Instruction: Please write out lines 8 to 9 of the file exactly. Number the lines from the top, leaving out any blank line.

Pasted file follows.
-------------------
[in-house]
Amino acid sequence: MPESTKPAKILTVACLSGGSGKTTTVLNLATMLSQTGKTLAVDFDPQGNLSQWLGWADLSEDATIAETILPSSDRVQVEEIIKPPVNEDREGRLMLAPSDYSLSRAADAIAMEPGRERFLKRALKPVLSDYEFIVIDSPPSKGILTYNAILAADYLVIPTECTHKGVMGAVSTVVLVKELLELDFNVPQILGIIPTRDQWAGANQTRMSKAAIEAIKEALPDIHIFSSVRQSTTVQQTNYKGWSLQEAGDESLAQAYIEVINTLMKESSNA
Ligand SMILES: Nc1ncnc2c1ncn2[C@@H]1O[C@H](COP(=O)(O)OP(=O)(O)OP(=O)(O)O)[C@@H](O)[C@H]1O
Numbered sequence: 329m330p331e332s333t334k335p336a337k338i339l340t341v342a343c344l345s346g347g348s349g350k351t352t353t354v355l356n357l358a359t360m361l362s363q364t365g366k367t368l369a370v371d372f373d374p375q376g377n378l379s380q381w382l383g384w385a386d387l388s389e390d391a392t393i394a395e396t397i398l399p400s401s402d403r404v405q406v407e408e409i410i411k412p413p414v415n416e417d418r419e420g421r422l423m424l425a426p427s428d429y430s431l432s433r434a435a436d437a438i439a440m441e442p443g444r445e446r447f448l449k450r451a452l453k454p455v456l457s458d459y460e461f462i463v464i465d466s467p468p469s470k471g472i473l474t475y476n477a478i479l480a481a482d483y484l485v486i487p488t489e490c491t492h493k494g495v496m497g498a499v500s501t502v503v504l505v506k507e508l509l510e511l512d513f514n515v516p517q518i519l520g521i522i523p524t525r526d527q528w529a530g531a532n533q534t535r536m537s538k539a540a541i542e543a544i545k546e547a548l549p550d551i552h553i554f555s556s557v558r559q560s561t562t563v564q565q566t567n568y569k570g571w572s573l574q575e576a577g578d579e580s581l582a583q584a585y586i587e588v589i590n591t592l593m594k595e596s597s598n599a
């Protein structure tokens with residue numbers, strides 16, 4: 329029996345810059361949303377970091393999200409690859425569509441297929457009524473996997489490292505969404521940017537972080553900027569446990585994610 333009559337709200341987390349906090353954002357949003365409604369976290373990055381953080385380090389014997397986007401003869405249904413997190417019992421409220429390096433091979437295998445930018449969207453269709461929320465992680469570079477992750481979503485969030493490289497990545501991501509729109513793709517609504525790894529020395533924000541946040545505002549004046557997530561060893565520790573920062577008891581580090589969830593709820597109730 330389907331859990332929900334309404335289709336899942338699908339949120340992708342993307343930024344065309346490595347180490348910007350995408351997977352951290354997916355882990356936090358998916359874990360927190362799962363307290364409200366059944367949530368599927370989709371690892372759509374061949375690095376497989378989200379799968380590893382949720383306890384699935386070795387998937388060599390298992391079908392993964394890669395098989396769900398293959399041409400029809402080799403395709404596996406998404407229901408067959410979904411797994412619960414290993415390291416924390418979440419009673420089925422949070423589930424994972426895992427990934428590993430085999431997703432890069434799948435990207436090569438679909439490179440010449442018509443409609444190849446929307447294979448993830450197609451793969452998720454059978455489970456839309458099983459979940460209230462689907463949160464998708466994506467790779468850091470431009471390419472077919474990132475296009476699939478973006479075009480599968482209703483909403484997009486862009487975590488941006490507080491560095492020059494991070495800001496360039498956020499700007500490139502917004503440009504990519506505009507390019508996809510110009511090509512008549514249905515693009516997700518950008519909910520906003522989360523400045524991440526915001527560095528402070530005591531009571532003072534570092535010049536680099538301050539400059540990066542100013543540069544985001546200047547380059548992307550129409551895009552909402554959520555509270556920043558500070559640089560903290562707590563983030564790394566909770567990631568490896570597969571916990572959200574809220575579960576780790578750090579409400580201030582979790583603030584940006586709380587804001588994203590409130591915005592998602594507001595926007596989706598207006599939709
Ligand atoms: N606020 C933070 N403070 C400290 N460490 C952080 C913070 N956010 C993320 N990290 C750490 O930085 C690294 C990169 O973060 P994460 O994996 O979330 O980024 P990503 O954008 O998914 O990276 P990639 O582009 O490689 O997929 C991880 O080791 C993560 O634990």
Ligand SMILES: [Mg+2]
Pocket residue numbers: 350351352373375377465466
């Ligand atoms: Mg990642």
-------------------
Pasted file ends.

Pocket residue numbers: 350351352373375377465466
């Ligand atoms: Mg990642």